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Attracting More Women (and Men) to CS

Science and technology fields used to be dominated by men, but by 2005 about 51% of undergraduate degrees in science and engineering were earned by women, up from about 39% in 1985. (nytimes) However, computer science is behind in the numbers of women undergraduate majors, and if anything it is getting worse, in 2001 28% of undergrad degrees in Computer Science went to women, by 2005 that percentage had already dropped down to 22%. What is interesting about the fact that that women are lagging behind in computer science today is that is hasn’t always been that way. The turning point seems to have come in the early 1980’s, when computer science became a more popular subject field. There were many more interested students, and many job opportunities for faculty outside of academia, the combination led to a lot more demand for computer science instruction than supply of it. As an attempt to weed out students, comp sci departments imposed GPA requirements, and put a heavier focus on programming, which may or may not have scared off “weaker” students, but it did definitely scare off women.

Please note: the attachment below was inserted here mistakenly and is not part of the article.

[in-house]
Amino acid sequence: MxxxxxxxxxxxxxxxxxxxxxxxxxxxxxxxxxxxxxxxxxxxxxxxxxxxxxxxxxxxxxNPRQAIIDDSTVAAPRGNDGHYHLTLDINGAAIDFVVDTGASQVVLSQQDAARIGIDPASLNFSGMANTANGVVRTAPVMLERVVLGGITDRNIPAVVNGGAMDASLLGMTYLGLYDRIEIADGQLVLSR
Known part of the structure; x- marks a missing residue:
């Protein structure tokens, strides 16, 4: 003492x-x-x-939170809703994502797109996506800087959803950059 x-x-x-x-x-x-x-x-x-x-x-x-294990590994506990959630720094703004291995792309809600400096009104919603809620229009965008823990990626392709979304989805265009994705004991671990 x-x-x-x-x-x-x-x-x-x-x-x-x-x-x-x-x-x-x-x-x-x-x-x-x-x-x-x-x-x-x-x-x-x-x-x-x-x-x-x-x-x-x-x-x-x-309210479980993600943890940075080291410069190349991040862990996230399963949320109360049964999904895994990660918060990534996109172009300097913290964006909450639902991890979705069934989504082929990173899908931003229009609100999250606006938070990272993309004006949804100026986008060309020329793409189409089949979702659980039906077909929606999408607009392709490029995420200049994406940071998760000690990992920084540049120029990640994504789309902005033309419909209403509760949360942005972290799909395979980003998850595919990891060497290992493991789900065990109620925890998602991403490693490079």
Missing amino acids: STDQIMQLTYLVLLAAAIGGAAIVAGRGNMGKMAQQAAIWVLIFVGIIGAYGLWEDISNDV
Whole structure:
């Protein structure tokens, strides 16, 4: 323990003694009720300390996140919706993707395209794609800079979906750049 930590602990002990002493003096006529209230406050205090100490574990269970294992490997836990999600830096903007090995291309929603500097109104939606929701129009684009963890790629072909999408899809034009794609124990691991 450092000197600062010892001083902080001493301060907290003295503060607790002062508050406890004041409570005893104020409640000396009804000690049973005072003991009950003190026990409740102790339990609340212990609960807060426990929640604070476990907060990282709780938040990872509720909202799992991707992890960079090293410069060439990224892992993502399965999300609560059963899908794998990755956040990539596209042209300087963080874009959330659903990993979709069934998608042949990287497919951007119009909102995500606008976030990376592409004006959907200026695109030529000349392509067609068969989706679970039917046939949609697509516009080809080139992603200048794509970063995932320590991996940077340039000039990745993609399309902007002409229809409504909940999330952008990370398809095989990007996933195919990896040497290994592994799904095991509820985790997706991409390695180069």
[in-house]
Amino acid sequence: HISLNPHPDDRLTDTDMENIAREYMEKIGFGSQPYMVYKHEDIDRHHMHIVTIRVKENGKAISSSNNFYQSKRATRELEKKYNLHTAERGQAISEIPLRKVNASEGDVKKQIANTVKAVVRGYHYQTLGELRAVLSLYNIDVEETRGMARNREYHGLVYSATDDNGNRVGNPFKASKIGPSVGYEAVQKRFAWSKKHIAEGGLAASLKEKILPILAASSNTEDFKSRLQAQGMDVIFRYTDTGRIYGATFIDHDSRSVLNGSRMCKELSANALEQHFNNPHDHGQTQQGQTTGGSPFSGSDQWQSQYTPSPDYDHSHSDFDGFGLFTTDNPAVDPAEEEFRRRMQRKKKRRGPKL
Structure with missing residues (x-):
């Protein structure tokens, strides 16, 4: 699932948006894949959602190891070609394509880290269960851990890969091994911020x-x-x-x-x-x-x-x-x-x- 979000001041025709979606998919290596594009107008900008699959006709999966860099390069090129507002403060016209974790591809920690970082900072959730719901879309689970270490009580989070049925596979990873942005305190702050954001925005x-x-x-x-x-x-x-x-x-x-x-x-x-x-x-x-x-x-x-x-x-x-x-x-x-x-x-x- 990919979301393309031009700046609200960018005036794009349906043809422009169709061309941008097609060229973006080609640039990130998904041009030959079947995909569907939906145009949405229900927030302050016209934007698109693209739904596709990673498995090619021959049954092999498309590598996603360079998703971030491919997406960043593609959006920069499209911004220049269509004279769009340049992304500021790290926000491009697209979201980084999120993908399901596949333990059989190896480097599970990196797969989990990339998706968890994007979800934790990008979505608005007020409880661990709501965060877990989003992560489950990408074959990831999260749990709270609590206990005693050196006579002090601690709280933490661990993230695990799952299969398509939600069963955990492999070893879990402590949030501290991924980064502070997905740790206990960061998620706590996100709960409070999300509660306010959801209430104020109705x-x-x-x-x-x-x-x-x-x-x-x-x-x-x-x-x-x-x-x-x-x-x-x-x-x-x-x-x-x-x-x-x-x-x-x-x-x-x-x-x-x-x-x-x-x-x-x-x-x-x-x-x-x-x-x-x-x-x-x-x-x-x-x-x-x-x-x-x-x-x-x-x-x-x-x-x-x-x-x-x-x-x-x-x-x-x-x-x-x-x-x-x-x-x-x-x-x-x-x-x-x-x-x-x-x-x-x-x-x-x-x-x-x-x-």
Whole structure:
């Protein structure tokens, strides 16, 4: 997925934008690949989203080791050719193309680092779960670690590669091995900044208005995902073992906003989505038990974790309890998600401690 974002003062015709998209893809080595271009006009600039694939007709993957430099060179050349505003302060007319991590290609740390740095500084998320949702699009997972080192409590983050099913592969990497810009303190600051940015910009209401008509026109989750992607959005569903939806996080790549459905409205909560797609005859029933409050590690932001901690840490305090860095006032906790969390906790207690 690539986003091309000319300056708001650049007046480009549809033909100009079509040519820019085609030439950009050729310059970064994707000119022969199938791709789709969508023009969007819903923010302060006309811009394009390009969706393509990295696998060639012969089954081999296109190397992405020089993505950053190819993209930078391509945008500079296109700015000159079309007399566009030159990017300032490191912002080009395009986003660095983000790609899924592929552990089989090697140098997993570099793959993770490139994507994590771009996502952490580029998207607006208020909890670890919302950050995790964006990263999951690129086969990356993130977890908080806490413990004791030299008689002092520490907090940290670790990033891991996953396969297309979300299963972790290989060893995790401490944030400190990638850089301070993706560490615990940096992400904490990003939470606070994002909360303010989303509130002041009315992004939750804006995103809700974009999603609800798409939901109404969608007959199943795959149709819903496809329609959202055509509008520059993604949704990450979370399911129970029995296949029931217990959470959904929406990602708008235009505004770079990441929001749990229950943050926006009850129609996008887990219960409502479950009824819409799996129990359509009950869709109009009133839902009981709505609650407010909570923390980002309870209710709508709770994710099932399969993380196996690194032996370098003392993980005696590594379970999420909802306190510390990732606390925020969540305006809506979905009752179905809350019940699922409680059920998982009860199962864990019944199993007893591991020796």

One probable explanation for this is that women are probably already feeling out of place in computer science in the first place. Jan Cuny told the New York Times for an article about the lack of women in Computer Science that “The nerd factor is huge” referencing the cultural image American’s have of computer scientists as geeky young men who are socially awkward, and sit in front of computers in cubicles all day long. Since women in computer science are already in a social situation where they are the “other”, they are more likely to be intimidated into leaving for fields that are more socially accepting of them. Another factor might be that apart from societal assumptions about computer scientists, computers might be considered a masculine technology in general to some people. In Cleo’s writing she argues that computers could be broken down into genders, we would probably consider the utilitarian PC’s to be male, and the fun, more aesthetically pleasing Macs as women. When most people think about computer science they see the same features that Cleo described in the PC’s as being male “technical, less user-friendly (apparently), comparatively less attractive, better at making spreadsheets, and consequently most work-related activities, and has more serious gaming abilities”, people think of code, and long hours in computer labs late at night, and competition, and Intro to Computer Science courses reflect these “male” traits for the most part. This doesn’t just shape the kind of people that end up being computer scientists, but it also shapes the kind of work that those computer scientists will do. It seems likely that computer science majors who spend most of their educations learning about the technical details will be less likely to engage in the kind of interdisciplinary work that other students with more well-rounded educational backgrounds would be used to.